The World’s #1 Executive Coaching and Business Coaching Blog (2017-2021)
Executives Need to Make Personal Fitness a Priority Too
Many people who are named CEO achieve that milestone when they’re in the prime of life: old enough to have maturity, but young enough to be healthy and fit. There’s no question that being a three-letter executive requires energy and stamina, but over the years it’s all too easy for the busy executive to have less and less time to devote to physical well-being. Moreover, frequent travel and the restaurant meals that go along with it make it more challenging to eat properly and get enough physical activity. Ultimately, the obesity rate in the CEO population rivals that of the general population, and many CEOs who aren’t technically obese may be overweight and out of shape. But reversing this and getting fit again are well worth the effort.
The ROI of Commitment to Fitness
Executives didn’t make it to the top by ignoring whether investments pay off, and it’s important for them to know that commitment to eating right and improving fitness has a positive ROI. Just a few of the benefits of a healthier, more fitness-oriented lifestyle include:
- Easier management of stress
- Natural creation of endorphins and stimulation of the body and brain
- Better sleep
- Higher energy levels
- A great example of self-discipline to employees
And the argument of not having enough time just doesn’t hold up most of the time. The typical executive didn’t get there by being unable to manage time well, and face it: most executives have the influence and resources to find time for anything they genuinely want or need to do. Sure, being out of shape may not stop you from doing your job, but it certainly doesn’t help.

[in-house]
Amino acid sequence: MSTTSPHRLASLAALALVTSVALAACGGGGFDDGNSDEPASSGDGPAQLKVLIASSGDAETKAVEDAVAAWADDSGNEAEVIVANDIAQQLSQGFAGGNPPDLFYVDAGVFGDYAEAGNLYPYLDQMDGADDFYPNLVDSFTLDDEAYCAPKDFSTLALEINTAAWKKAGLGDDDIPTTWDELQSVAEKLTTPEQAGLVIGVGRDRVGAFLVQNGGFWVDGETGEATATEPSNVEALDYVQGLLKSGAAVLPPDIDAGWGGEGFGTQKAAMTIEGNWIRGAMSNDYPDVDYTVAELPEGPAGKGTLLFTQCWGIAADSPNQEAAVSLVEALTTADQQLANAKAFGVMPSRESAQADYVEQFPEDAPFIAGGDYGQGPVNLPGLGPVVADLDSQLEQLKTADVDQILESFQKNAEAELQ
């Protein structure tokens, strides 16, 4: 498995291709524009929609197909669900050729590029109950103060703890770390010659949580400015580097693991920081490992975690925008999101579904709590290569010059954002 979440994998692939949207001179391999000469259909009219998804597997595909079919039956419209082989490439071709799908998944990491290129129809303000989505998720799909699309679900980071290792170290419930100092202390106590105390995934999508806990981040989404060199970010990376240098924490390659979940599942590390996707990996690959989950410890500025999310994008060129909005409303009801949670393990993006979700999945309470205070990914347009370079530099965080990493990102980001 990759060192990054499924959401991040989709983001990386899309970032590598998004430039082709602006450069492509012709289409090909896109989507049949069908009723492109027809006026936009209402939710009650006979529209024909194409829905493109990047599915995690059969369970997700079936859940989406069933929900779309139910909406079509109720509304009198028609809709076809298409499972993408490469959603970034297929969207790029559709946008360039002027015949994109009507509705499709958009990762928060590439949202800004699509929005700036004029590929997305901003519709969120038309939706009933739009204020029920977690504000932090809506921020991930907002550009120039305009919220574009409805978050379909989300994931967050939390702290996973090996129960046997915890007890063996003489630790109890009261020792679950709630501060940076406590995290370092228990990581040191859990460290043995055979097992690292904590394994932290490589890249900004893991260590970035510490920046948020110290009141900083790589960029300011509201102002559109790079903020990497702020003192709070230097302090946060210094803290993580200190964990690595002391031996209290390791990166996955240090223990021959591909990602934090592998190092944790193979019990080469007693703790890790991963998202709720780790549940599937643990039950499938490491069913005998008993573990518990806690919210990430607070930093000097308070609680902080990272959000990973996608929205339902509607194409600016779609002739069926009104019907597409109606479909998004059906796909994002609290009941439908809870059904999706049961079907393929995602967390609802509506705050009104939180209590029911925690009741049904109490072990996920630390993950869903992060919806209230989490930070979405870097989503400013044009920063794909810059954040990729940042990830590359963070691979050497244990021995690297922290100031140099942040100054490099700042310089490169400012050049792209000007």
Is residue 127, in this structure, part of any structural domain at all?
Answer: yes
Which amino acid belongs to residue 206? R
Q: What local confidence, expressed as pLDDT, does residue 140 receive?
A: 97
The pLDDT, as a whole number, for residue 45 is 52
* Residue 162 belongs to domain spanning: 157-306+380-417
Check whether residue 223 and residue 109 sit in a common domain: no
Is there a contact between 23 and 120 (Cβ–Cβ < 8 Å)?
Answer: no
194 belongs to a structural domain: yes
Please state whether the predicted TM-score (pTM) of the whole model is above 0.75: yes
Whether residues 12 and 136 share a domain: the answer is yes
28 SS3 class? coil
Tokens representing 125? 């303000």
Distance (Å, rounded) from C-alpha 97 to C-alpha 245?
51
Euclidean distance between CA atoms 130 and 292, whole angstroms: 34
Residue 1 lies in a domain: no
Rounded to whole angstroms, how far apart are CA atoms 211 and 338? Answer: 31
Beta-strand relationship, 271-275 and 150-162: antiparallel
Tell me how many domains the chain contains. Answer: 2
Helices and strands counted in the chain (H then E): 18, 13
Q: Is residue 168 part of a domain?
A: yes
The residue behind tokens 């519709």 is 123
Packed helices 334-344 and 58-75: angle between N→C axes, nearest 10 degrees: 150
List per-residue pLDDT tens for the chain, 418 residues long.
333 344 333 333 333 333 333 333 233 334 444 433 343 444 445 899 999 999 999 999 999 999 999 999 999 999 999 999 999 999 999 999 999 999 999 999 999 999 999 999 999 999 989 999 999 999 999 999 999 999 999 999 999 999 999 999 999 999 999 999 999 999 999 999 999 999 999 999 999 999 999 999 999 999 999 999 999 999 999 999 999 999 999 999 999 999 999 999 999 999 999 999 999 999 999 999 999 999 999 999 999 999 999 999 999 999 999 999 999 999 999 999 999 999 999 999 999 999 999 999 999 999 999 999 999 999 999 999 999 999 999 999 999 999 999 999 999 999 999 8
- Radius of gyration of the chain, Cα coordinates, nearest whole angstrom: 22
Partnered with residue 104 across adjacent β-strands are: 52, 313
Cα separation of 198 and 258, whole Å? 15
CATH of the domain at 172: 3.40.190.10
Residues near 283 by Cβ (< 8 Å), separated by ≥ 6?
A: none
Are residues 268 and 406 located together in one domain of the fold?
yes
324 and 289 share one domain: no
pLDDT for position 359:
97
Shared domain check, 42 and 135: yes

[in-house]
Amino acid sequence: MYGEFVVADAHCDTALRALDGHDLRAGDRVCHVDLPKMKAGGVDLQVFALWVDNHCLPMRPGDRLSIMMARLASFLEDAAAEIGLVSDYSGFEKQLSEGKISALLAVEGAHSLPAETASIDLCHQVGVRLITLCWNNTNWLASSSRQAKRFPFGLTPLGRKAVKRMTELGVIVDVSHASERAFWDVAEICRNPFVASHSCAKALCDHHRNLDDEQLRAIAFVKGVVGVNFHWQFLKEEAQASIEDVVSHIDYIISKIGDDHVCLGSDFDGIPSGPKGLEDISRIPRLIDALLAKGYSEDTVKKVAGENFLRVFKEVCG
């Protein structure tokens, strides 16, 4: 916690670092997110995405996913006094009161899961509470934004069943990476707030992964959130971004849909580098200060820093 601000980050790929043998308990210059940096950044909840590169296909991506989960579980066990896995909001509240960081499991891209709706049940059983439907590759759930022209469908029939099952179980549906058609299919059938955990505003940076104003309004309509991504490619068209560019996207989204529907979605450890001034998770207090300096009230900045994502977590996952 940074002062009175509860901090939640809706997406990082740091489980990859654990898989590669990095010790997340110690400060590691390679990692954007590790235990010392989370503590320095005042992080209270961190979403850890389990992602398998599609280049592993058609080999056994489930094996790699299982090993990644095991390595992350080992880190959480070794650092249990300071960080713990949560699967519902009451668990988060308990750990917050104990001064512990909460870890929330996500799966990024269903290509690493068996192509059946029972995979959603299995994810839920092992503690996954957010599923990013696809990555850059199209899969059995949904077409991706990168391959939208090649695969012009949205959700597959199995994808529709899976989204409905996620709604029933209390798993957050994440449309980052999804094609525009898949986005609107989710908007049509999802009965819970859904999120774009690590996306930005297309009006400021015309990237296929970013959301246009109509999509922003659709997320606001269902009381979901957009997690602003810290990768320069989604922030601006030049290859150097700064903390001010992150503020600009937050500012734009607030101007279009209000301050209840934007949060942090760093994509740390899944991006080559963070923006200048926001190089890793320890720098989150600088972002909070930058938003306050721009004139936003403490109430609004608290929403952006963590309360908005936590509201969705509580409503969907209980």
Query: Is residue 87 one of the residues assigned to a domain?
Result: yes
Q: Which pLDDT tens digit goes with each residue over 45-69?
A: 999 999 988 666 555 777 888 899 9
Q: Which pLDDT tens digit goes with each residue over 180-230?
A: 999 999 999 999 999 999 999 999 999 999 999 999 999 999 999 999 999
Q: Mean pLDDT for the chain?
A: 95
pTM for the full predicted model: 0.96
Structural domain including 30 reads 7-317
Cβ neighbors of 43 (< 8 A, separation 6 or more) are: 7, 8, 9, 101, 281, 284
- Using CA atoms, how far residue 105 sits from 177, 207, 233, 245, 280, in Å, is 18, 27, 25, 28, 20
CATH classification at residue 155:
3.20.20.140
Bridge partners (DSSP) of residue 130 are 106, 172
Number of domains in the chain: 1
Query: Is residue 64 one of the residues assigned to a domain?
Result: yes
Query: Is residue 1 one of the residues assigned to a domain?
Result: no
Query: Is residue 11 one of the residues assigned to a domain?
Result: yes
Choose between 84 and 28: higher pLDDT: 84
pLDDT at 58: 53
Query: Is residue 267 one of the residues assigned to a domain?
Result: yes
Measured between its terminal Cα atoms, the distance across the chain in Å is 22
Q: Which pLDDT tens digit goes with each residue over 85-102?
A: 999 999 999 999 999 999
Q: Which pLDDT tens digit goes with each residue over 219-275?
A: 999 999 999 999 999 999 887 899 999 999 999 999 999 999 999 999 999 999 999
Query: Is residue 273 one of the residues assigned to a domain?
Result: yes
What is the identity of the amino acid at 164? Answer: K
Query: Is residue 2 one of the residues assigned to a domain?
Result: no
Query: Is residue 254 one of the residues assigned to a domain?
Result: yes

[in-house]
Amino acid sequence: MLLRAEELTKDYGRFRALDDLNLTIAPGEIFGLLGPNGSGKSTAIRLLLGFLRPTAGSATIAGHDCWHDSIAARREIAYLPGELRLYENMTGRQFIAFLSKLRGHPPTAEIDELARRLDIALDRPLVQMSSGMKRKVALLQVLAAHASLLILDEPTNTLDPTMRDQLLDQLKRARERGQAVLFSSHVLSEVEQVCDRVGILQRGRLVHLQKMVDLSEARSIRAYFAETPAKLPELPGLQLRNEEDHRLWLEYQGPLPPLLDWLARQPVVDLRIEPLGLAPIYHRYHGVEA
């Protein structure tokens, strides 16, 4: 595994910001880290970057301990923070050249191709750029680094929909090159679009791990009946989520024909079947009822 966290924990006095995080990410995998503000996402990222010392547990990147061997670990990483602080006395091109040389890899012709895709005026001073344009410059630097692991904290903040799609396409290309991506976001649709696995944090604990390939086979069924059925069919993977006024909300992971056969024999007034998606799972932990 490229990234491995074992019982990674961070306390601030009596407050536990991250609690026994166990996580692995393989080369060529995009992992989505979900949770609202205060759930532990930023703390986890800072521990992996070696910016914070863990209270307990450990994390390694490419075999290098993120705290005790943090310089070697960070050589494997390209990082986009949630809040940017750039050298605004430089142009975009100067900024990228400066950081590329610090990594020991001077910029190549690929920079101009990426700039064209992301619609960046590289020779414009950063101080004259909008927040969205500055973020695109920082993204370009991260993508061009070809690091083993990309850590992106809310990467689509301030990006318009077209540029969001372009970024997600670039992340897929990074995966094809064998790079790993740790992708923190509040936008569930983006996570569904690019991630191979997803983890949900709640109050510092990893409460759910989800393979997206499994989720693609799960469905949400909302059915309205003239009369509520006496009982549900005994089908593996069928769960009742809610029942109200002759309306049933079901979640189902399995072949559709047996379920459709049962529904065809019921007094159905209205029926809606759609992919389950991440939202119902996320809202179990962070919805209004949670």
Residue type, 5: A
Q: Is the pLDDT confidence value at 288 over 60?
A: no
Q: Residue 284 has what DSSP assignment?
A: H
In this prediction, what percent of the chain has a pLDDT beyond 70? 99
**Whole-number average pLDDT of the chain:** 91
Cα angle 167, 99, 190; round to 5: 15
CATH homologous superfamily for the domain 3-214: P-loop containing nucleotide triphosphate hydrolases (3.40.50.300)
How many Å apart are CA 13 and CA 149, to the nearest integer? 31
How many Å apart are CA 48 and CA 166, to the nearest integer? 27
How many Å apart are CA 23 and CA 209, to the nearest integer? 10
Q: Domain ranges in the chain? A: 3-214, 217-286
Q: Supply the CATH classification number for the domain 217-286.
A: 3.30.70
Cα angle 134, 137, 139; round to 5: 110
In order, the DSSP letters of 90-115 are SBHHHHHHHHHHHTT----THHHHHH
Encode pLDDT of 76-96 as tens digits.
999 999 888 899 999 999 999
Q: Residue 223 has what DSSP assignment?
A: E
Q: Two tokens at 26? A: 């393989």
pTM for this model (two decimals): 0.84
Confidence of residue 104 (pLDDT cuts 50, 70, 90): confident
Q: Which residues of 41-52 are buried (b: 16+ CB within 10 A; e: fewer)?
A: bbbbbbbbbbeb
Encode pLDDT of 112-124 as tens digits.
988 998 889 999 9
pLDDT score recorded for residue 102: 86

How to Incorporate More Physical Activity into Your Busy Day
You don’t have to overhaul your entire schedule and lifestyle overnight. In fact, the more seamlessly new activities fit in with your existing schedule, the more likely you are to stick with them. For example, simply committing to spending less time sitting can make a difference, and you can accomplish this by taking short breaks throughout the day, walking during phone calls, getting a treadmill for your office, or investing in a standing desk.
Likewise, the more incrementally you adjust your diet, the more likely you are to stick with those positive changes. You can start small, by cutting out (or at least cutting down on) sugary sodas and coffee drinks that are more dessert than coffee. Packing your own lunch a certain number of days per week is another healthy change that’s easy to maintain, as is keeping healthy snacks in the office, like dried fruit, nuts, fresh vegetables, and mineral water.
Consistency Is Incredibly Important
Feeling the results of improved health and fitness may take time, but if you’re a CEO, you know how to put in effort knowing the payoff may not be immediate. You can apply this thinking to changes in your diet and physical activity as well. You’re far better off making smaller positive changes you can stick with than trying to overhaul every aspect of your diet and exercise only to give up in frustration. It can take anywhere from three weeks to more than two months to establish new habits, so give yourself time.
Don’t Deny Your Competitive Nature
The typical executive has a competitive streak, and this can be used to your and others’ advantage. Pedometers cost next to nothing, and a little friendly competition among fellow executives or team members to exceed daily or weekly step (or distance) goals can keep everyone moving more. You could even up the ante with small prizes for those who “win” for the week. As an alternative, you could team up with another executive who wants to get in better shape and leverage a slightly competitive “buddy system” to motivate yourselves and each other.
As an executive coach, I understand that much of the work of the typical CEO is mental, but the brain and body aren’t compartmentalized. The health of one affects the health of the other, and the fitter you are, the easier you’ll find it to resist getting sick, to handle everyday stress, and to enjoy raised energy levels that you just can’t get from coffee or energy drinks.